Labor to move senate inquiry on LGBTI+ discrimination in schools


The federal opposition have announced they will work with the crossbench to refer the government’s bill that aims to remove exemptions that allow religious schools to expel students who are LGBTI+ for inquiry.

In a joint statement from Minister for Education Tanya Plibersek and Shadow Attorney General Mark Dreyfus, Labor said they plan to “hold the government accountable.”

“Before the Wentworth by-election, Scott Morrison pledges to remove discrimination against LGBTI students in the most recent two weeks of Parliament sitting,” the ministers said.

“He failed, and then tried to blame Labor for that failure – despite Labor clearly saying we were happy to pass a repeal then and there.”

The bill put forward by the government in its current form aims to remove discrimination against LGBTI+ students. Plibersek and Dreyfus say the proposed inquiry will also examine discrimination against LGBTI+ staff.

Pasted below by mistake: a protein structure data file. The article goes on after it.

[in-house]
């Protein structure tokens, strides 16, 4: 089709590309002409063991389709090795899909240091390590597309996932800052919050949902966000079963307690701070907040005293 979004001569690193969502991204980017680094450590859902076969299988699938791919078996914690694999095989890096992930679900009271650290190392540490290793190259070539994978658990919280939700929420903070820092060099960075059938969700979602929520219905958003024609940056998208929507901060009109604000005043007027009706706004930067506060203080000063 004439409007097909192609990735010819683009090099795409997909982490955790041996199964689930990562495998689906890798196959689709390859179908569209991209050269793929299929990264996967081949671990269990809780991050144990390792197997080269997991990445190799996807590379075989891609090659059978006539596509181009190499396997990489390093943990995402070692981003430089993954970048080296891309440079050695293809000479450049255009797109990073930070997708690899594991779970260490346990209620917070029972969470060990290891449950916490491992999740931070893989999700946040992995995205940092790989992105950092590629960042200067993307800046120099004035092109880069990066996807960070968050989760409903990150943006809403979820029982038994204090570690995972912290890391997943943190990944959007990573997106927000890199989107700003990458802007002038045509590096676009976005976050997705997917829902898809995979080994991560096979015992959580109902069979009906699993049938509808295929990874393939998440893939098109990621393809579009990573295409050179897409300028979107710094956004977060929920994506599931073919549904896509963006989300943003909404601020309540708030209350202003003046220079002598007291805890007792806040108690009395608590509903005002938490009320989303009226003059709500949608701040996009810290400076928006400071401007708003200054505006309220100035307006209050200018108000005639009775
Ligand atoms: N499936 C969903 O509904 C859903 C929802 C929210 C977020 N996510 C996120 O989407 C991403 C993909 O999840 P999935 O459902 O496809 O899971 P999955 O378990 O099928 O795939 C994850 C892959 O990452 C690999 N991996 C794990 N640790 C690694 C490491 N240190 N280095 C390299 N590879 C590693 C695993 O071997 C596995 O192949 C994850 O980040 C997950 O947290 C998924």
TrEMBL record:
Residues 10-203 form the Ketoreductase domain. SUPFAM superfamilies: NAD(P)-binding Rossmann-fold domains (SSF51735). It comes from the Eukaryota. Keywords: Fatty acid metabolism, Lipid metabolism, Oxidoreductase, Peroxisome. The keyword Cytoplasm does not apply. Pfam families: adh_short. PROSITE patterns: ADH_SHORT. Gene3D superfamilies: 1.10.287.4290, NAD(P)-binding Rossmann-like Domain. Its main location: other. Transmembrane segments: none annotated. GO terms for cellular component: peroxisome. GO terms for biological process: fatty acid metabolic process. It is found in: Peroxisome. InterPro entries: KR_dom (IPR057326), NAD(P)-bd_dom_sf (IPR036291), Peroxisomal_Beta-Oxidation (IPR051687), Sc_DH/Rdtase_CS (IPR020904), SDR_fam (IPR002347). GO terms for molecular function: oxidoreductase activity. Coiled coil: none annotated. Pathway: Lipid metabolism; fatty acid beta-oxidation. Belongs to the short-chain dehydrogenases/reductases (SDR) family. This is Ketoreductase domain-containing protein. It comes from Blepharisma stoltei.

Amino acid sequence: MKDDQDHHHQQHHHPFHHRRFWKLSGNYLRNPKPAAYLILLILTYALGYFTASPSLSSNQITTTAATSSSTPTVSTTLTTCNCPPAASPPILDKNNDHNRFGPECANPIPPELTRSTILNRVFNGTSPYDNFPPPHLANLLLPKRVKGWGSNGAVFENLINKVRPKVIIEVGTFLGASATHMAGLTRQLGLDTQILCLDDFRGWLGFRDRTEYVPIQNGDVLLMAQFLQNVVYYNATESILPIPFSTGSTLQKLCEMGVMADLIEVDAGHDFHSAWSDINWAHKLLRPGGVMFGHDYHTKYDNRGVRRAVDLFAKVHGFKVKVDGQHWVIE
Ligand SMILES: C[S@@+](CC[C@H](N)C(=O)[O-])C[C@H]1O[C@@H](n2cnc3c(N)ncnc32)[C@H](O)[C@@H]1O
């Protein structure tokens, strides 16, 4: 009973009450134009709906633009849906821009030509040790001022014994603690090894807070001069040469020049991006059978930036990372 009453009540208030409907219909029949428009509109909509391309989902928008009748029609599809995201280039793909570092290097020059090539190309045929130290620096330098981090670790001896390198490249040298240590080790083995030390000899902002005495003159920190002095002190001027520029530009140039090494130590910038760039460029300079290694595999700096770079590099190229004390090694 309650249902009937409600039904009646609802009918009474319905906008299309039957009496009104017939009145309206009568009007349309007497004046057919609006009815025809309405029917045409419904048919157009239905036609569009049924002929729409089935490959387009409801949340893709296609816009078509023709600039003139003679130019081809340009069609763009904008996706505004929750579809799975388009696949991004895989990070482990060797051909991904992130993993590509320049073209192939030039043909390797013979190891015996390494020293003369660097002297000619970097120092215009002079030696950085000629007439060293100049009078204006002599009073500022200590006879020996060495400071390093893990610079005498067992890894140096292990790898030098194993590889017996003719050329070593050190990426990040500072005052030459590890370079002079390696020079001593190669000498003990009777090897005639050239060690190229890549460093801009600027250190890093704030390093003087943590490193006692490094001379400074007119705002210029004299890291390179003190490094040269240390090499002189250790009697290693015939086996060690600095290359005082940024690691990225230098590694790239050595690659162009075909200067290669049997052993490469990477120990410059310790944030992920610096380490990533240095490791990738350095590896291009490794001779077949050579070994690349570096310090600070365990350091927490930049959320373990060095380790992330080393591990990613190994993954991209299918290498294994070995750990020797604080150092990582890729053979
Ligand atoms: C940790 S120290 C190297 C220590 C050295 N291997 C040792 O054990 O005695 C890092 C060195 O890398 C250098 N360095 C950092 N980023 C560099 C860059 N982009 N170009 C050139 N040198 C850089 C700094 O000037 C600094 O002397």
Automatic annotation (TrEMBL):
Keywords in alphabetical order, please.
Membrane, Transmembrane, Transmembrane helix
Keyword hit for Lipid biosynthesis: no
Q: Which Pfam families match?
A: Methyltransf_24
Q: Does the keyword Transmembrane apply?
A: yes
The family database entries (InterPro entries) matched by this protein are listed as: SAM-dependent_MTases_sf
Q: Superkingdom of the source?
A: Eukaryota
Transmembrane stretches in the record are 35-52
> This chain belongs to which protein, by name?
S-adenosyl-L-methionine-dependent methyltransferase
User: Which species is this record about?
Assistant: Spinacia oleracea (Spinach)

“Labor wants to see this bill passed before Parliament rises for the Christmas break – there is no reason why kids and their families should have to wait any longer for certainty.”

Labor will attempt to rally the crossbench to refer the bill to the Legal and Constitutional Affairs References Committee, due to report on November 26 when both Houses of Parliament return.

“The committee will be given a longer window of time to examine the issue of discrimination against LGBTI staff in religious schools. A short inquiry will allow the Government’s bill on students to be thoroughly examined and scrutinised – the Government did no consultation, so we are forcing them to.”

“We support the removal of discrimination against LGBTI kids and staff in schools. This inquiry will mean the government have no more excuses not to get on with the job of ending discrimination once and for all.”

Earlier this month, a group of Anglican schools in Sydney signed a joint letter to the federal government arguing that it is vital to retain laws that allow religious institutions to fire teachers. Education Minister Dan Tehan said the government was committed to finding the right balance.

“Obviously the UN declaration of human rights has freedom of religion as one of it’s core rights, but we also want to protect against sexual discrimination.”

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